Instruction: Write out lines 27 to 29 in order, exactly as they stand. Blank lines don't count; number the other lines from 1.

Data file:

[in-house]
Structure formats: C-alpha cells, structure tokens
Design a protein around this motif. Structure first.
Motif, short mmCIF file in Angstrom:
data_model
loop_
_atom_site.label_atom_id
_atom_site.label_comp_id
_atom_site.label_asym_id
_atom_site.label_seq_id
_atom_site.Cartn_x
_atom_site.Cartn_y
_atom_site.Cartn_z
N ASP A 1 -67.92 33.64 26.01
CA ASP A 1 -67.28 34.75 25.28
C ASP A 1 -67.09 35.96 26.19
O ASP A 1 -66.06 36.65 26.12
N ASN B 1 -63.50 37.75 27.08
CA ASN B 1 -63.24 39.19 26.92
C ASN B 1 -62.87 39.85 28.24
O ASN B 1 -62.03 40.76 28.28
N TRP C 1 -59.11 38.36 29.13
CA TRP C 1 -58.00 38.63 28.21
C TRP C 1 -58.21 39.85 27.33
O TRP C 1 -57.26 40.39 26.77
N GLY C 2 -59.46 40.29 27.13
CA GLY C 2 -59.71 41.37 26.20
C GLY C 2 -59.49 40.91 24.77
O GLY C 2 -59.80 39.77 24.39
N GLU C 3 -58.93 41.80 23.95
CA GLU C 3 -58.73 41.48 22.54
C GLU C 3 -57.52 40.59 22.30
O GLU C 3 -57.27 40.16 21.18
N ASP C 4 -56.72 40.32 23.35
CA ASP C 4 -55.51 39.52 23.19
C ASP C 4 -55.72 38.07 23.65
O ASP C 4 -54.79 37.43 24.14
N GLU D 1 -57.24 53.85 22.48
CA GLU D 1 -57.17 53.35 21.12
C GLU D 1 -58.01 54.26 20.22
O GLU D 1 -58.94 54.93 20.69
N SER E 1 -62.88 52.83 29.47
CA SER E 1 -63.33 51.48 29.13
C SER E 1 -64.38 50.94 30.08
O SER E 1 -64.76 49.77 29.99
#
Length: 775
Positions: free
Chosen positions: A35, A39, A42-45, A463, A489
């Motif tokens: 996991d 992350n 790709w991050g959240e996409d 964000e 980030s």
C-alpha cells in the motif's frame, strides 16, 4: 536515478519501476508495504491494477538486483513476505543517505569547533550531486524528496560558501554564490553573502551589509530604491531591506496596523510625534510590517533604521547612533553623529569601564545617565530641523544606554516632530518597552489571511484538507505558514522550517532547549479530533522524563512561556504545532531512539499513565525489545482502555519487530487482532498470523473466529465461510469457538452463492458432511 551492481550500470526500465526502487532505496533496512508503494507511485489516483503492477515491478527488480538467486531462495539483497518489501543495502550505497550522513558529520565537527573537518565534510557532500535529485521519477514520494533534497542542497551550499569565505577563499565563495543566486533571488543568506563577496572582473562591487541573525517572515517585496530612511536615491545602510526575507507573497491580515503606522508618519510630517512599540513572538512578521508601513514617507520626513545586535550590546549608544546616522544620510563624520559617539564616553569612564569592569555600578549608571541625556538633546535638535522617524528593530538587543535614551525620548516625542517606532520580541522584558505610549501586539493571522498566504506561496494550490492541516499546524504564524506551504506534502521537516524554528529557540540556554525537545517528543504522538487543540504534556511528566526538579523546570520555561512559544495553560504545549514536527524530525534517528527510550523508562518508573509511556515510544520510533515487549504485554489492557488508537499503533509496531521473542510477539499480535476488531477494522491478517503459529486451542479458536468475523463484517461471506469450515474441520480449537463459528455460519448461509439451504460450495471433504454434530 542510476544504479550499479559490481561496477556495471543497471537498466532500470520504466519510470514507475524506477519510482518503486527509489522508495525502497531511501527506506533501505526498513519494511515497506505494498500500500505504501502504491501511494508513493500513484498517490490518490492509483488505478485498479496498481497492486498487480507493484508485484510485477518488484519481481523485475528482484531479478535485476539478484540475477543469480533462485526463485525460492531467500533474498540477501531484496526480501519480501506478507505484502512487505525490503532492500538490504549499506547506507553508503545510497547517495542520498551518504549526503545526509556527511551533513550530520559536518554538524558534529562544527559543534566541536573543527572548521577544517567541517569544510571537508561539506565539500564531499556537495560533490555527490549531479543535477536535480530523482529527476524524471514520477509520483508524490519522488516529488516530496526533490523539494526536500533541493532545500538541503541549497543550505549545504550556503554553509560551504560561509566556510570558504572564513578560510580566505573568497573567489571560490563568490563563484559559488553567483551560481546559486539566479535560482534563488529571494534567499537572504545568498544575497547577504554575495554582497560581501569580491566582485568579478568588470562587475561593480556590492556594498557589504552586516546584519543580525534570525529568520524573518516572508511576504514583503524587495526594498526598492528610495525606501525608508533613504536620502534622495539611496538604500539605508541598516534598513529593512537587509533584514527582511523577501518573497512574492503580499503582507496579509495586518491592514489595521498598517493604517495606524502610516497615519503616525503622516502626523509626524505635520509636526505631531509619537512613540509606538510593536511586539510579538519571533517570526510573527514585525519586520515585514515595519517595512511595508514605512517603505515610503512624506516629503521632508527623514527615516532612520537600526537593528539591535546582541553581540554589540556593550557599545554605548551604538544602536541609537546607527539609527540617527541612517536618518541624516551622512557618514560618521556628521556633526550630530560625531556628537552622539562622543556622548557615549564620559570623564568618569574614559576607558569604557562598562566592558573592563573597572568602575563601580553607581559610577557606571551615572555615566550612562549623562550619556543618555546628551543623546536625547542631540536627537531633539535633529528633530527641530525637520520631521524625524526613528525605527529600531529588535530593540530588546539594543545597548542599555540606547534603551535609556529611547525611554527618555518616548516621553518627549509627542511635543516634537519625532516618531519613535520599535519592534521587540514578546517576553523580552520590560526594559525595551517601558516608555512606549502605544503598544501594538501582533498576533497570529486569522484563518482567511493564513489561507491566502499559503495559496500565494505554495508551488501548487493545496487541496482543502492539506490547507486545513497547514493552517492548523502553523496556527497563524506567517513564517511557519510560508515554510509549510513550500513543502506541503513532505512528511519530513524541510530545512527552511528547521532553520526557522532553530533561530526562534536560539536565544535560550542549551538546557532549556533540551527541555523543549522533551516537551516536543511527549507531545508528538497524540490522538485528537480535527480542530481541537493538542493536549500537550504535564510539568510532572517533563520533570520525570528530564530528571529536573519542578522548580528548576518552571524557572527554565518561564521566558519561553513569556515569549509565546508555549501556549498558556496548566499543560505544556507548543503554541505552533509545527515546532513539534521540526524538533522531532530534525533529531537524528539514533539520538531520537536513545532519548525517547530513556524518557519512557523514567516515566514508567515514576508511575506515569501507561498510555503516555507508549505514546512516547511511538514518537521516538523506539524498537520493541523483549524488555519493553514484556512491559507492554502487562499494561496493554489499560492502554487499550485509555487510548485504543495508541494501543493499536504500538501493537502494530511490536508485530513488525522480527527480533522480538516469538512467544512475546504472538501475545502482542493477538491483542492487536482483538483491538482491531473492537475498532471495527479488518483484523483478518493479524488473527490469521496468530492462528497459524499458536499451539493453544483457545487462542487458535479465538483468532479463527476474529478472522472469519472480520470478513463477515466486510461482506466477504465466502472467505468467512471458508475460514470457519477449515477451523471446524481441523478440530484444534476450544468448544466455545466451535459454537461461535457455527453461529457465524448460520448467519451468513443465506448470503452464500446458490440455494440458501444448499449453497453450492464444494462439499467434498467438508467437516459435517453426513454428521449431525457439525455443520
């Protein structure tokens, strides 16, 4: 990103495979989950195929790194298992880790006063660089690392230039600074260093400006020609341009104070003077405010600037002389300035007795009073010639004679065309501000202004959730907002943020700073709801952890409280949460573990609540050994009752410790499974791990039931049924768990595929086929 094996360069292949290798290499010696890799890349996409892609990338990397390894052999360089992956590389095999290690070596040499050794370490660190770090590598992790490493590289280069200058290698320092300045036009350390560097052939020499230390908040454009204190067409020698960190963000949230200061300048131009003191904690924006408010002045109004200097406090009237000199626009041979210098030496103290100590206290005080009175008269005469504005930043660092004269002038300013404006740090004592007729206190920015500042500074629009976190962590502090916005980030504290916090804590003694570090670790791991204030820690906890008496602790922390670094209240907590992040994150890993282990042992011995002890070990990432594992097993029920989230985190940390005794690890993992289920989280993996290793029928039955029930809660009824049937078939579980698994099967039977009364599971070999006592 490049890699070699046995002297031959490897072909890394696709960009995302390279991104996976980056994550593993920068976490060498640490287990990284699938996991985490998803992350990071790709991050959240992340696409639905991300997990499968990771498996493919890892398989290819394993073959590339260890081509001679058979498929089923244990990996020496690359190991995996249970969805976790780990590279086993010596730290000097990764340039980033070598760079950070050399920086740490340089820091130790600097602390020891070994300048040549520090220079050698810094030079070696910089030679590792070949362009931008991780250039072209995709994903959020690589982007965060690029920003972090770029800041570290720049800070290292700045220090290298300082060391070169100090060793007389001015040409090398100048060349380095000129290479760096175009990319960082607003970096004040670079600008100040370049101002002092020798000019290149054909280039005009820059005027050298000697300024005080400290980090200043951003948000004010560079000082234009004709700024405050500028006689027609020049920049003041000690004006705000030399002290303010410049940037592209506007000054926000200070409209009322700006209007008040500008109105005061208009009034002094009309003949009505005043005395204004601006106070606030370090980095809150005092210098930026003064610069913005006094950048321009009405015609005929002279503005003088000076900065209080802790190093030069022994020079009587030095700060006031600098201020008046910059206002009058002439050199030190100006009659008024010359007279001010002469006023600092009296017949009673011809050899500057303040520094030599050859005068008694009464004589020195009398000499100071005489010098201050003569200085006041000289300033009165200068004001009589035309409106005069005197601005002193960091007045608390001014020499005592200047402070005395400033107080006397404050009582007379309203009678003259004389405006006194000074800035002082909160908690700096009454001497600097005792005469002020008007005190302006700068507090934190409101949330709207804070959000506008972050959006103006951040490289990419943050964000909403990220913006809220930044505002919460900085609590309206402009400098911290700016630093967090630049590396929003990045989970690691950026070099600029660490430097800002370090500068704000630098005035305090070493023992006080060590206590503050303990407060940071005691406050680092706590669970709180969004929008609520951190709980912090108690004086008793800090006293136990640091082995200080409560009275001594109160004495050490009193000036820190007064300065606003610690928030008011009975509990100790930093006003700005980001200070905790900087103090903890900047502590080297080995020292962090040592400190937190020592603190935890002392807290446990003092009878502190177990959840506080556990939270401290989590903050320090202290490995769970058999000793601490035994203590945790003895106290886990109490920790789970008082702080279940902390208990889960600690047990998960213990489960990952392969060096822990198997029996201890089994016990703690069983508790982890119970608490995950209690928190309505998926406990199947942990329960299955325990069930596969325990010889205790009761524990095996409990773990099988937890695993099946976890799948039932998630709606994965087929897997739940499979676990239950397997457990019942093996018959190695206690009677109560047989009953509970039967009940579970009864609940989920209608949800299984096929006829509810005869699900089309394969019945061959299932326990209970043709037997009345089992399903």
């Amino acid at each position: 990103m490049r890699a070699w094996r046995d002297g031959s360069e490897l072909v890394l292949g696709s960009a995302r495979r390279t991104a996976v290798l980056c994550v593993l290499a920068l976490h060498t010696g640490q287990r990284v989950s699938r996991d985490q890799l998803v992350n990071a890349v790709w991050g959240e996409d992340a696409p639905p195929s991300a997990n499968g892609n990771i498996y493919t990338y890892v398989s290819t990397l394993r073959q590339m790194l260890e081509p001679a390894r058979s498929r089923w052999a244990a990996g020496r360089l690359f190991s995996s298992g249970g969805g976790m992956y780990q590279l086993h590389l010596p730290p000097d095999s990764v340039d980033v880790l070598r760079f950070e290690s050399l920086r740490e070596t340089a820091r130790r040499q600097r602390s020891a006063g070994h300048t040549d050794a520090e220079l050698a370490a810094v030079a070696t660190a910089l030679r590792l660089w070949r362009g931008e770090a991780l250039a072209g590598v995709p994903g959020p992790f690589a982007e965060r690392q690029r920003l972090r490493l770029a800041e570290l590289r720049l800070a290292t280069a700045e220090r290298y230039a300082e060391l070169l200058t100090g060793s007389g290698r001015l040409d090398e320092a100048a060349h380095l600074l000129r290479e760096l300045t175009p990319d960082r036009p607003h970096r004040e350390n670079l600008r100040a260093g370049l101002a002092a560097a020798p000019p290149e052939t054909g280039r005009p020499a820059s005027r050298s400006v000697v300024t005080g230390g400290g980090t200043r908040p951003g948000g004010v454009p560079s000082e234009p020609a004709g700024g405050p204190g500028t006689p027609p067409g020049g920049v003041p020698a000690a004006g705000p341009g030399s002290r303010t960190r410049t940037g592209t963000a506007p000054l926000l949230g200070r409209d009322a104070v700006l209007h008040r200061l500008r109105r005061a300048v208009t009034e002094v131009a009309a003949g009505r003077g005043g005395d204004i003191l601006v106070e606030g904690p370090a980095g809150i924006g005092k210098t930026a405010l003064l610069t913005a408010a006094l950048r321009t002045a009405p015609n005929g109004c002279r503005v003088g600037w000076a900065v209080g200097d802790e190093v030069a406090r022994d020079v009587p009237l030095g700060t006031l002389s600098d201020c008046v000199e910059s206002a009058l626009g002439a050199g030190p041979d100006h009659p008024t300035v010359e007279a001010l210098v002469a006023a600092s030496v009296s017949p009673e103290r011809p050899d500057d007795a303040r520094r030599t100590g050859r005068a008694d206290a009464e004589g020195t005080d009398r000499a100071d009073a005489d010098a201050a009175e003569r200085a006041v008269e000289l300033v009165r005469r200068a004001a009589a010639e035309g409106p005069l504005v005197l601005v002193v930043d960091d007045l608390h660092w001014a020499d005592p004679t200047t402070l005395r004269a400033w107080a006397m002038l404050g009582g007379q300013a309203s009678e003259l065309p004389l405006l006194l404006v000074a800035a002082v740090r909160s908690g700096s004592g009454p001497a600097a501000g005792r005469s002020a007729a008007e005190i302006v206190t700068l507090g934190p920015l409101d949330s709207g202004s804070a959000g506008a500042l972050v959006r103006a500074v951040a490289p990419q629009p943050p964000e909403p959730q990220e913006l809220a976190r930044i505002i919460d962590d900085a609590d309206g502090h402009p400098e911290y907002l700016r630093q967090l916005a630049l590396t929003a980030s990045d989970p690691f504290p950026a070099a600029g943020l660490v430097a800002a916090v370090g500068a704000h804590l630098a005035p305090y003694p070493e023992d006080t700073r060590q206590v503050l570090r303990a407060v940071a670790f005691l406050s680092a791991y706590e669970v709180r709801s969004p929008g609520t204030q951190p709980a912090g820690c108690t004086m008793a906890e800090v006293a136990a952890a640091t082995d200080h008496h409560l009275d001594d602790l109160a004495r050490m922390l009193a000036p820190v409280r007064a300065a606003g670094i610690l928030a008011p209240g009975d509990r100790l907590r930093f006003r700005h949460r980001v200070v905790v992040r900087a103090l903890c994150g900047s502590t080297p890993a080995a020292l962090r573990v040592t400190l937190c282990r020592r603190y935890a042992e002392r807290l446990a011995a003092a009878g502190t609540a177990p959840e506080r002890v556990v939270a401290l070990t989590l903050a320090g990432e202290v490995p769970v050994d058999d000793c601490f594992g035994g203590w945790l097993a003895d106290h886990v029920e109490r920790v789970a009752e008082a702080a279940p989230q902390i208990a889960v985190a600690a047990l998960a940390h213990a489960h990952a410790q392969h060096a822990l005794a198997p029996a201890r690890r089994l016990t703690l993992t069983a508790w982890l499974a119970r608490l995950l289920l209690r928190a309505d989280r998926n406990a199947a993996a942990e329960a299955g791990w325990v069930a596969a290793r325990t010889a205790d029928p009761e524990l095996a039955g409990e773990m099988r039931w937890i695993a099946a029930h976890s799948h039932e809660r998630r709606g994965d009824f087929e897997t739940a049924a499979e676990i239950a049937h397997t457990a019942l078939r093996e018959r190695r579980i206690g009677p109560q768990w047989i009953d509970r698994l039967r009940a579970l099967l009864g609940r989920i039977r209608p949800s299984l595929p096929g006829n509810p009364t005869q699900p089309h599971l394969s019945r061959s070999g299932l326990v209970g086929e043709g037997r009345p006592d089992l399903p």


CA GLY C 2 -59.71 41.37 26.20
C GLY C 2 -59.49 40.91 24.77
O GLY C 2 -59.80 39.77 24.39